DDM - Financial Services

Segmentation Tips for Credit Unions

Segment your customers and prospects to optimize your marketing campaigns

Issue link: https://resources.datadrivenmarketing.equifax.com/i/1006130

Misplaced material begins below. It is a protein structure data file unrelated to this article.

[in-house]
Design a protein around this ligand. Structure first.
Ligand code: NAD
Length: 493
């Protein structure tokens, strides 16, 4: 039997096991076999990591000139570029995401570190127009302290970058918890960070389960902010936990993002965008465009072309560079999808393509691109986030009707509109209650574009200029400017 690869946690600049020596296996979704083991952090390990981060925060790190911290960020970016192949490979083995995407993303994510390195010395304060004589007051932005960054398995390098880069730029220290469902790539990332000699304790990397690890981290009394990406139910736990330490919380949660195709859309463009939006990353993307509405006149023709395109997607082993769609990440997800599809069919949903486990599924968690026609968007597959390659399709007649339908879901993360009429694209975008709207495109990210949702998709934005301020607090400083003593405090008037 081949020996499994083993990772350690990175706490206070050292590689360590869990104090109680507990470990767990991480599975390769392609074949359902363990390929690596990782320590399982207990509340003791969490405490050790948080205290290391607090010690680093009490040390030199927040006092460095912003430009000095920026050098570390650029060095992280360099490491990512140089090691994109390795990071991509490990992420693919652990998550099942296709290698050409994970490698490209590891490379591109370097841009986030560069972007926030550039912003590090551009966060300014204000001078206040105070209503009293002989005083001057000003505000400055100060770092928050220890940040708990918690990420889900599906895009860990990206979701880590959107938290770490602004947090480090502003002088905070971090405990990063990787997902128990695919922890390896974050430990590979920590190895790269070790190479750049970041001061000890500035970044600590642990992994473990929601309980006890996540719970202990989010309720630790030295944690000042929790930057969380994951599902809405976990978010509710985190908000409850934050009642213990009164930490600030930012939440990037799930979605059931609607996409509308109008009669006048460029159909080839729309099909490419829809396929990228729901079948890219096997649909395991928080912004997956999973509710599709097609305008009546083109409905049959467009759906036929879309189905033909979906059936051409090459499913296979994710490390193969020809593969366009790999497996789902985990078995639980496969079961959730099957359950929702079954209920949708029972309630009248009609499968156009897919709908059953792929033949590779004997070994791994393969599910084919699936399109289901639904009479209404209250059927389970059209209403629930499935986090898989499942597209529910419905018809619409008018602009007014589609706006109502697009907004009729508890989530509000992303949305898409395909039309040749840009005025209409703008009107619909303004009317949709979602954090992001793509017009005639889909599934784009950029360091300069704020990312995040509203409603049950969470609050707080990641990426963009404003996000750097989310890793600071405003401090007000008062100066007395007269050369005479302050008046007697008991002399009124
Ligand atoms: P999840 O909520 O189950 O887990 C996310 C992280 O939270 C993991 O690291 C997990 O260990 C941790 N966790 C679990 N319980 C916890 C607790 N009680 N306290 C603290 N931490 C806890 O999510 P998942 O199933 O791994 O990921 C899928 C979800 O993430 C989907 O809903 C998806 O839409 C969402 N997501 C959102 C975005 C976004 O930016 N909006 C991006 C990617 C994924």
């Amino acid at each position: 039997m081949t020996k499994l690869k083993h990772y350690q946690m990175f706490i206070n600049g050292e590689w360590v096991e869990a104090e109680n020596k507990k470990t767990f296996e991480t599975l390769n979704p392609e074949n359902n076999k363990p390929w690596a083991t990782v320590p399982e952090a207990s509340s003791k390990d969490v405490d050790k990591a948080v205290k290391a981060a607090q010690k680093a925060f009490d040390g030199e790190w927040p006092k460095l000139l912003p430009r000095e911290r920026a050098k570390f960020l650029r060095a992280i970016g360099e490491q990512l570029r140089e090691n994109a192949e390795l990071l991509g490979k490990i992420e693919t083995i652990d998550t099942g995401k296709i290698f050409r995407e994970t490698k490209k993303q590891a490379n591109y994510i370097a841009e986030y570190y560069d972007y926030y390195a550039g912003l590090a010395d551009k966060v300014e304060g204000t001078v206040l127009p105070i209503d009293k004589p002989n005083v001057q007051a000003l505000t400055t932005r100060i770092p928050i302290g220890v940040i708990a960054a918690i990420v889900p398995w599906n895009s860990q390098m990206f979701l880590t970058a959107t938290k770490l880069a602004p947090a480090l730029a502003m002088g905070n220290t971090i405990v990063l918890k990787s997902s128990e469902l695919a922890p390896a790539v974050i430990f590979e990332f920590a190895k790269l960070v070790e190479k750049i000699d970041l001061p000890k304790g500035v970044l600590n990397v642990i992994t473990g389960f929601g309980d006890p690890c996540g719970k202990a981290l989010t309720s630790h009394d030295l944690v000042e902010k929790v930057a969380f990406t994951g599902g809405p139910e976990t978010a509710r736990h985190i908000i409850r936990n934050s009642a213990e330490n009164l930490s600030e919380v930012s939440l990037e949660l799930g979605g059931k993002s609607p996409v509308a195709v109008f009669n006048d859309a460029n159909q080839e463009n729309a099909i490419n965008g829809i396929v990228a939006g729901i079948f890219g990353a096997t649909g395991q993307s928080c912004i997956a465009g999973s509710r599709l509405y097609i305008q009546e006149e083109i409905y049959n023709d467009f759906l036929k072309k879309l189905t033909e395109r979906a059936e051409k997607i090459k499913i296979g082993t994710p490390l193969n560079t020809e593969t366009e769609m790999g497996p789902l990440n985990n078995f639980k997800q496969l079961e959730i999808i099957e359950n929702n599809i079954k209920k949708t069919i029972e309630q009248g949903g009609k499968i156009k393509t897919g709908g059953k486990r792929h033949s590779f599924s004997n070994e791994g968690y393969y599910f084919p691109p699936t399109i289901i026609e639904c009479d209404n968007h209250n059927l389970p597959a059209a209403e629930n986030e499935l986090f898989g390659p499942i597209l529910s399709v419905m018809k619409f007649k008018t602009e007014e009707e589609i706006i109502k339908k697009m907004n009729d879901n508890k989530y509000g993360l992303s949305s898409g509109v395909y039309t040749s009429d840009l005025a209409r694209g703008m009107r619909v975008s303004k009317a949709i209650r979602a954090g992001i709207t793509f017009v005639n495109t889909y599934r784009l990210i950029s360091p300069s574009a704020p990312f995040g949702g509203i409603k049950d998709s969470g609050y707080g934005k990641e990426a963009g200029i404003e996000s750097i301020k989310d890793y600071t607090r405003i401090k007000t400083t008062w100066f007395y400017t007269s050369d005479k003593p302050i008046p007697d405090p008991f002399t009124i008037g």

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Turning Big Data Into Big Revenue Segmentation Tips for Relevant Member-Centric Marketing use case The term "Big Data" can be an anxiety inducing one for many financial services organizations and it is easy to become overwhelmed with the sheer volume and velocity of data available today. Yet, many would agree that if leveraged well, Big Data can become a substantial competitive advantage. In addition to valuable internal data (ex. member balances, products, demographics, etc.), there are many rich external data sources that can help firms empower their marketing efforts by creating a more complete picture of their members and prospects. The key to benefiting from Big Data is to find ways not to drown in it. How Does Big Data Play Into Actionable Segmentation Strategies? One common approach marketing organizations across the Financial Services industry rely on to gather and distill disparate data is segmentation. Many firms segment their existing members as well as the markets in which they do business in some fashion today, but often find it a struggle to do so in a way that will be effective and actionable. Also, they may not know where to start when it comes to combining their own internal data with the vast amounts of rich, well-managed external data to gather actionable insights for better decision-making. Here are four tips to help firms get started implementing actionable segmentation strategies for both traditional data sets and Big Data from internal or external sources: 1. Begin with the end in mind. Get agreement on the business goal and then design a segmentation approach around that goal. 2. Build only what can be operationalized. Define the steps for turning segmentation data into insights and then into decisions. Make sure each step is feasible, affordable, and compliant with regulations. 3. Use data that replicates the member's view, not just the credit union's view. For example, a credit union needs to look beyond a member's accounts at the credit union and consider the member's total wallet and needs. Share the insights gained from segmentation. Often times, segment definitions can be applied without substantial changes by other core systems and member-facing personnel.

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